Just out of curiosity, say we want to subtract some value from a variable. Is there any shorthand for that as well? Like “-=” or something like that?
Indeed there is.
a = 40 b = 84 c = 24 d = 100 a += 2 b -= a c *= b d /= c
There are others of these assignment operators which we can find listed under that title in the Python docs.
Thank you Sir, this solves the doubt…
You’re welcome. FYI, I’ve changed the link target to a less geeky page.
how about like this:
total_price += (value1 + value2) i did this and it worked. trying to figure out its limitations, which I’m guessing it would have.
You’ll find that it works the same without grouping (brackets) since the operation on the right (addition) takes place first.
total_price = 0
new_sneakers = 50.00
total_price += new_sneakers
nice_sweater = 39.00
fun_books = 20.00
Update total_price here:
print(“The total price is”, total_price)
Is the total price equal to 109.00? If so the computation is correct. What the SCT expects is another thing. Does all your text match the instructions?
Is correct, the total price is 109.00.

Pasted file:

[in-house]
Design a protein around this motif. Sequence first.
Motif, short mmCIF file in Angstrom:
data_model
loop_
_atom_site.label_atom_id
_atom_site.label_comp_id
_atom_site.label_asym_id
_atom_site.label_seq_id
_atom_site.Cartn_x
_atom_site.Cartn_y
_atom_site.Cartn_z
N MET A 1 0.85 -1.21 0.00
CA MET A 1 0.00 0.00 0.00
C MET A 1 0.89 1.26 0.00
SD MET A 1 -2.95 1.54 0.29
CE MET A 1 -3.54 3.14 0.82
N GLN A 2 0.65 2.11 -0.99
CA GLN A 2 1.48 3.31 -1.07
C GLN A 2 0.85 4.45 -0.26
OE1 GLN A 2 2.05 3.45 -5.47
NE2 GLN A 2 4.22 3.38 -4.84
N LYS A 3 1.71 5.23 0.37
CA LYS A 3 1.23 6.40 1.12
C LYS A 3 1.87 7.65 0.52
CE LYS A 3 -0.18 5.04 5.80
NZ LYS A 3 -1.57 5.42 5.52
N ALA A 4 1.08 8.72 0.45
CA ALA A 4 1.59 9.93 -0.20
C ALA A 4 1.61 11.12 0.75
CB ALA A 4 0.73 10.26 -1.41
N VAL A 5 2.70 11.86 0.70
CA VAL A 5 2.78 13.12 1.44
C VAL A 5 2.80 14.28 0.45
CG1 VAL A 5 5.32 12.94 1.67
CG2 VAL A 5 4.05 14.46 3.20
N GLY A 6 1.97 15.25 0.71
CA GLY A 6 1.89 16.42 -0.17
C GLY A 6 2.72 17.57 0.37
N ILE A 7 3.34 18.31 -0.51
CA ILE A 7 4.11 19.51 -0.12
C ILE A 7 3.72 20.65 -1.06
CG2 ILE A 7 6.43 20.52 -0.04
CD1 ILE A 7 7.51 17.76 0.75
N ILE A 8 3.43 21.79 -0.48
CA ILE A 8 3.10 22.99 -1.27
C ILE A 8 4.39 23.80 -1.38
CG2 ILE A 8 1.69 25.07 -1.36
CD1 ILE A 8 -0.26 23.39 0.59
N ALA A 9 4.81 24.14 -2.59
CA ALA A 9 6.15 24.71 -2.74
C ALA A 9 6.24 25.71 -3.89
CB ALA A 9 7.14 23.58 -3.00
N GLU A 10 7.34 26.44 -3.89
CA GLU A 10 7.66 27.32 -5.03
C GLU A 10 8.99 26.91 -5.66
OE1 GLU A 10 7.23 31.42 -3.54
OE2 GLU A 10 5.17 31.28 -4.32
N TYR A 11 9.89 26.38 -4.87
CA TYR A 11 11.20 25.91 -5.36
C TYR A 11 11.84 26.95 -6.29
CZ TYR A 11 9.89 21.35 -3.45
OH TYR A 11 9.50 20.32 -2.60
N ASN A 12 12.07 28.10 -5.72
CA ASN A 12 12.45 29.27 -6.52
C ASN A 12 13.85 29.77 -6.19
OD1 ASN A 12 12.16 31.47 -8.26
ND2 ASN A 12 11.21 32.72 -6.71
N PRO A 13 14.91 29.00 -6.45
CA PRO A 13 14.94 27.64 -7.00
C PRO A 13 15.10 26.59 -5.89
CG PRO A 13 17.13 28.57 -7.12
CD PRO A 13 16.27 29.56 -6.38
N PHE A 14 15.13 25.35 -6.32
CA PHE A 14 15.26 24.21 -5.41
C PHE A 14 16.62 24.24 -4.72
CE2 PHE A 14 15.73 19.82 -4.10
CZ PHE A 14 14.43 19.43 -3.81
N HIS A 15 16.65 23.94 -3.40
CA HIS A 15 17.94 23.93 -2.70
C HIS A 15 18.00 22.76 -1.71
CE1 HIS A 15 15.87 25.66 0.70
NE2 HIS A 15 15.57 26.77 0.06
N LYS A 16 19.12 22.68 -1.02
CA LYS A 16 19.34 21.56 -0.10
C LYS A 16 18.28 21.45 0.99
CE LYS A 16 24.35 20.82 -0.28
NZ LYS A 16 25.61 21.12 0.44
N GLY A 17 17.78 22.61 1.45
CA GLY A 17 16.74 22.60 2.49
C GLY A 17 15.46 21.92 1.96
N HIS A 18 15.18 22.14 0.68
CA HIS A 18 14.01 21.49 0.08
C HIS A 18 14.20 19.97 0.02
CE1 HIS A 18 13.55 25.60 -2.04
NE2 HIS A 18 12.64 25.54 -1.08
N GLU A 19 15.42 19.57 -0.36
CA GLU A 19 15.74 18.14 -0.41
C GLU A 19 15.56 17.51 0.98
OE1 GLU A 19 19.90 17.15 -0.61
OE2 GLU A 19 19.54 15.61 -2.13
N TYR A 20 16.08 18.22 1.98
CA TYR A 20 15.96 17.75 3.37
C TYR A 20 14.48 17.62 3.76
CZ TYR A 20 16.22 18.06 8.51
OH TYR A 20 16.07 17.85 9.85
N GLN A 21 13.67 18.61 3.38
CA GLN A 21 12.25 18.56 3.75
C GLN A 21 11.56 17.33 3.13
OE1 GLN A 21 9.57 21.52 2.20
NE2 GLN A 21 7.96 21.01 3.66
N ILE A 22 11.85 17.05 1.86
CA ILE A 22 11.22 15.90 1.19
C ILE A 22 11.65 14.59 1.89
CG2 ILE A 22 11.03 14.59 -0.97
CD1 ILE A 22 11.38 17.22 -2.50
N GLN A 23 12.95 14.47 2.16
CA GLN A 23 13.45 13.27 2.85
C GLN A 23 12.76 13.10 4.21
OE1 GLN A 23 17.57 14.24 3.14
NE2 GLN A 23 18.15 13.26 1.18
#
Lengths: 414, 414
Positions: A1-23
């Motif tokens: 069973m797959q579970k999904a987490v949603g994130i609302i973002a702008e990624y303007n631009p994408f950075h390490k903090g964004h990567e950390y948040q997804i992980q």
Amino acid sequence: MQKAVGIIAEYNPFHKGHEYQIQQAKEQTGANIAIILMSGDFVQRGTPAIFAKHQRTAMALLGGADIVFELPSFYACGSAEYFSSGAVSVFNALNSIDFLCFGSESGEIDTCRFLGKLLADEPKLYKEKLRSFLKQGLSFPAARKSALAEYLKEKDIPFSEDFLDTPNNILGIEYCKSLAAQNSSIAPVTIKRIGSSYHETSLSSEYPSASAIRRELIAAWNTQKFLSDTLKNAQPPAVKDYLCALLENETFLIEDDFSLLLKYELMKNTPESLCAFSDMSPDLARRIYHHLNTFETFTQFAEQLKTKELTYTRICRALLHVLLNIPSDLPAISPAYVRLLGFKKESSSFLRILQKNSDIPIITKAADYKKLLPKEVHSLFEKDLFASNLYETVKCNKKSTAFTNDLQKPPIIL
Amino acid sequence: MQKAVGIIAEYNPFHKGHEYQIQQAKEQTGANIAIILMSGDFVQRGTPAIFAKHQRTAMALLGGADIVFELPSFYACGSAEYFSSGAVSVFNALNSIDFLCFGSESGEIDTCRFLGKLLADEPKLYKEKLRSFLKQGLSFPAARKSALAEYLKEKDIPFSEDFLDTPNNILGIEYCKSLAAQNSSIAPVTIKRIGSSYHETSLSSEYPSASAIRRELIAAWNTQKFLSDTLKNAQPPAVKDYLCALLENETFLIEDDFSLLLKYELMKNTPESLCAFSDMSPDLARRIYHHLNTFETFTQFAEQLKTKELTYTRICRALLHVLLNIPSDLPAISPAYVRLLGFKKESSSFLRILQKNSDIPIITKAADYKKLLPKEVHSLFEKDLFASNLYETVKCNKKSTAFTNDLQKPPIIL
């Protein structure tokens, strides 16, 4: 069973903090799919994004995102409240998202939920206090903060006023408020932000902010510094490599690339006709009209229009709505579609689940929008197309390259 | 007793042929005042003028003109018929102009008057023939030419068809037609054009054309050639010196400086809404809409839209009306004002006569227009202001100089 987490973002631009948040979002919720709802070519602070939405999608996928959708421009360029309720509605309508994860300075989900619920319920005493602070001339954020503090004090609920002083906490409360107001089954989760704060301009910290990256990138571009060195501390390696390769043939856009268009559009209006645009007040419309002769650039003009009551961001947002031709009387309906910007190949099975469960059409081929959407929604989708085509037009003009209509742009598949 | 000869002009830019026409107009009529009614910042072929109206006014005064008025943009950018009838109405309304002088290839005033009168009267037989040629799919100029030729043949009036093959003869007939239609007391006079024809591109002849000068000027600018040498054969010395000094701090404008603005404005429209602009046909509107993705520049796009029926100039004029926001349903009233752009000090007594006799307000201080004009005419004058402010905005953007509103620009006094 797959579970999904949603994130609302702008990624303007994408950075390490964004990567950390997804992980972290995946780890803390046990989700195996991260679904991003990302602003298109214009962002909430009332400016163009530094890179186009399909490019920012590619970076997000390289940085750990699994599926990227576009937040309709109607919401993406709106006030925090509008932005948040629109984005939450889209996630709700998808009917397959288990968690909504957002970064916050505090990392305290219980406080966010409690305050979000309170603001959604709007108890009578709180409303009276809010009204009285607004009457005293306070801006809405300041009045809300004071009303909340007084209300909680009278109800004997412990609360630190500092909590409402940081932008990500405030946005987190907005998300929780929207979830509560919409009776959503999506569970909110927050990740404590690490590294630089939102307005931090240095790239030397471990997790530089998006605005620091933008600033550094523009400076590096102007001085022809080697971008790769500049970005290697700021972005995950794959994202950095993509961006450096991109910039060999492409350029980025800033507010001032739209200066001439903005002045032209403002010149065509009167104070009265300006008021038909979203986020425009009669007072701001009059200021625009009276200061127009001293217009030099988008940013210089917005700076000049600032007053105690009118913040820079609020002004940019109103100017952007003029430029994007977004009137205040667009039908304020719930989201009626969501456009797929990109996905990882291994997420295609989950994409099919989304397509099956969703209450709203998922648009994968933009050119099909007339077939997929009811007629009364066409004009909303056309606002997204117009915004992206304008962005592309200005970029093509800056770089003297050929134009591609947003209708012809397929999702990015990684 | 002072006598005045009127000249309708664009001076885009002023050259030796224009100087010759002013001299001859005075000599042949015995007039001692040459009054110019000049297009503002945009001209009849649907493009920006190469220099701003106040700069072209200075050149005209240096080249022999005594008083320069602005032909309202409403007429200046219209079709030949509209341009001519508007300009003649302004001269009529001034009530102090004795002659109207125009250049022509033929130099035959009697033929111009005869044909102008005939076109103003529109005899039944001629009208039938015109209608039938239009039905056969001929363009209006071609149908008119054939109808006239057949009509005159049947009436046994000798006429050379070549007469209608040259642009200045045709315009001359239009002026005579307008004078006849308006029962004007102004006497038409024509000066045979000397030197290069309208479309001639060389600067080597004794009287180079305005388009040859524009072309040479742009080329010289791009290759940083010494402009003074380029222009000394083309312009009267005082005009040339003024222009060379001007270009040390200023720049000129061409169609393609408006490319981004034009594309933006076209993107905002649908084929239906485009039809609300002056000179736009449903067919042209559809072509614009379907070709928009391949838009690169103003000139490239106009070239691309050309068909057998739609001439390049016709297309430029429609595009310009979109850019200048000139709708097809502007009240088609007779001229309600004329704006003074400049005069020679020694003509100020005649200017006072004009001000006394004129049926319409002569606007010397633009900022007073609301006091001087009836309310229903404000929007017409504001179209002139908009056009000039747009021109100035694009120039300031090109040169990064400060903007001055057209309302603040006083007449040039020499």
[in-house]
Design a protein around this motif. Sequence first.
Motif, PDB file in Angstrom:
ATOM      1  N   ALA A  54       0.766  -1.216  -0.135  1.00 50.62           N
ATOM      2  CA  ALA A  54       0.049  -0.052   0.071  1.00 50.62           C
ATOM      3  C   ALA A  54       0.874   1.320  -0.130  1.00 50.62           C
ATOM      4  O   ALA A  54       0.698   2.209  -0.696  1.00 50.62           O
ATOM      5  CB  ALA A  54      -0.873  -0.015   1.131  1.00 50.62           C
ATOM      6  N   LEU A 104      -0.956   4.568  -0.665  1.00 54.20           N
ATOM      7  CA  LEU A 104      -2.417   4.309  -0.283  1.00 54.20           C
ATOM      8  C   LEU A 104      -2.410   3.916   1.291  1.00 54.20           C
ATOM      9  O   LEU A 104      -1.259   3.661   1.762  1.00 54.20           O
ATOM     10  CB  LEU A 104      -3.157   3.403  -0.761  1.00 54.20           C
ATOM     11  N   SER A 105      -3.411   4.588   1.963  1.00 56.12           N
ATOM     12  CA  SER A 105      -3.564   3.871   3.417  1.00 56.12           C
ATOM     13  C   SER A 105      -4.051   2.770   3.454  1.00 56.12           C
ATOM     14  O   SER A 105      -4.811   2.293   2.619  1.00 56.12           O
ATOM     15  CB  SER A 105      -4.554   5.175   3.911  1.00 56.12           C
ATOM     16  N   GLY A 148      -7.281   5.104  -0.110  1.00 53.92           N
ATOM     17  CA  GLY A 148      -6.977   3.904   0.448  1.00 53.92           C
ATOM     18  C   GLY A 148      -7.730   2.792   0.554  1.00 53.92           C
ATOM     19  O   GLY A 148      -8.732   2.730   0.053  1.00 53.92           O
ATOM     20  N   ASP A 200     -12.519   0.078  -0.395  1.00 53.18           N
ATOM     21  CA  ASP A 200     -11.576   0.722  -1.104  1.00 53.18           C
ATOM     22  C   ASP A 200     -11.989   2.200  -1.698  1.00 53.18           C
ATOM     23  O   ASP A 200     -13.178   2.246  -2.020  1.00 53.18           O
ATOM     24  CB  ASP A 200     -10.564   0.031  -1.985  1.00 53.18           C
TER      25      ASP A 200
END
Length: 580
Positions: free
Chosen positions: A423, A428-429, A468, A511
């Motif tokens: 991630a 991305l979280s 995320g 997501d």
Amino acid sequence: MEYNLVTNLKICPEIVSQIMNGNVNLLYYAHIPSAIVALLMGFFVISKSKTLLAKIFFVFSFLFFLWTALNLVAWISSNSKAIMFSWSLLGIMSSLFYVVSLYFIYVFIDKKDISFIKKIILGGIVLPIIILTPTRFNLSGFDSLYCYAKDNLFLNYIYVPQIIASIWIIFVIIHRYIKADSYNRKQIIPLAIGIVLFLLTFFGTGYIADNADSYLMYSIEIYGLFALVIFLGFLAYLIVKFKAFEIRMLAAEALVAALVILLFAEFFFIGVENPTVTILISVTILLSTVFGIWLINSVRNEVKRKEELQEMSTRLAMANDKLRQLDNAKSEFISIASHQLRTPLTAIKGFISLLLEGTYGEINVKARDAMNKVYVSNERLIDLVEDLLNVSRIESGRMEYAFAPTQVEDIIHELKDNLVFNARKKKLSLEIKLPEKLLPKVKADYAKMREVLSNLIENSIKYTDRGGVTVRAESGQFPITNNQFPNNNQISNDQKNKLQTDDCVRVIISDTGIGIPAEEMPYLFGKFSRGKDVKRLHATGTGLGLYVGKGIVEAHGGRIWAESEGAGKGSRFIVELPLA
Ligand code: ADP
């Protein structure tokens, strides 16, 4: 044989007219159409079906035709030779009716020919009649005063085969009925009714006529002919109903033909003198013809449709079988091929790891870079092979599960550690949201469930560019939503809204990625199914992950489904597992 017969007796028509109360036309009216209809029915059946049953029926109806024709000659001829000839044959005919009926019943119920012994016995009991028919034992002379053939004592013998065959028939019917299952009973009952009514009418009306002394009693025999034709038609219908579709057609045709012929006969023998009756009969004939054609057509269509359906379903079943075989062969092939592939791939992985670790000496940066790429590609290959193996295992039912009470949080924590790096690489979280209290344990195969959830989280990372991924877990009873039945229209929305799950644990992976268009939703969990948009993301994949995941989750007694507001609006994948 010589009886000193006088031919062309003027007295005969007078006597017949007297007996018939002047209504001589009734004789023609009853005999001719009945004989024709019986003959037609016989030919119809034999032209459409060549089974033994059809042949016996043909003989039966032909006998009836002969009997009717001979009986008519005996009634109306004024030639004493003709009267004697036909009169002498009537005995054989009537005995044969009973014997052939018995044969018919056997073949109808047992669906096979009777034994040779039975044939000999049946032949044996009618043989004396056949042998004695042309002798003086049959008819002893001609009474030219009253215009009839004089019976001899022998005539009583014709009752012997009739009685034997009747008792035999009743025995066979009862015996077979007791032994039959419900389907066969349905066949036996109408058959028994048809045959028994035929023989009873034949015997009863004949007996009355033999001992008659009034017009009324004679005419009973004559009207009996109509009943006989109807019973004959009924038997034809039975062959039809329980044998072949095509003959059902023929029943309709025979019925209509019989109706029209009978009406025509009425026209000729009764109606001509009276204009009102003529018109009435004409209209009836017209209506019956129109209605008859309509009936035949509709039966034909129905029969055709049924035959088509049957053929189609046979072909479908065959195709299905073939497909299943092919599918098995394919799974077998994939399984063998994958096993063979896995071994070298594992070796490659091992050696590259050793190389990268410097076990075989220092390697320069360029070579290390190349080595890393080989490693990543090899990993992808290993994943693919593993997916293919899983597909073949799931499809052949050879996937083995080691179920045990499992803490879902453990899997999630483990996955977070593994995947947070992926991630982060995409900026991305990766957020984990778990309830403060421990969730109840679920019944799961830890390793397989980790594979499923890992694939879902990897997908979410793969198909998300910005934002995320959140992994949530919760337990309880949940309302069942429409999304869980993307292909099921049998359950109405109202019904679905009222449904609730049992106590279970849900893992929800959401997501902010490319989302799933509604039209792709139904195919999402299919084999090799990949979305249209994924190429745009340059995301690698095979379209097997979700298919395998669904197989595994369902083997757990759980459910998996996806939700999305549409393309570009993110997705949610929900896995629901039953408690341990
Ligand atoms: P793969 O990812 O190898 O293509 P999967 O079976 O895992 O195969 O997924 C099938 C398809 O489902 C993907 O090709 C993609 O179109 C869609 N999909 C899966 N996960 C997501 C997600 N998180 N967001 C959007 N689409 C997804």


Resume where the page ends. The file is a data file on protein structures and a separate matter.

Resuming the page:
I confirm, All your text corresponds to the instructions.
I have successfully finished the chapter: Hello world
I have a question, sorry if this is a kind of dumb one but can you use like a minus sign for the +=? like -= or any other math operator?
Yes. All the basic operators can be used in augmented assignments.
For a complete list of assignment operators, see this page…
what’s the difference between += & =+
One is valid and the other not, in respective order. The operation is always before the assignment.
Both of them works if
i+= 2 + 2
print( i )
output comes i=14
but when put =+ output is i=4 .
i know i=+ is i = (1) . But i cant understand why the output is 4
Because the operation does not take place, only the assignment.
2 + 2. The plus sign after the equals is like a negative sign, only positive.
Accept it as moot that
=+ is NOT an augmentation assignment, but a replacement assignment.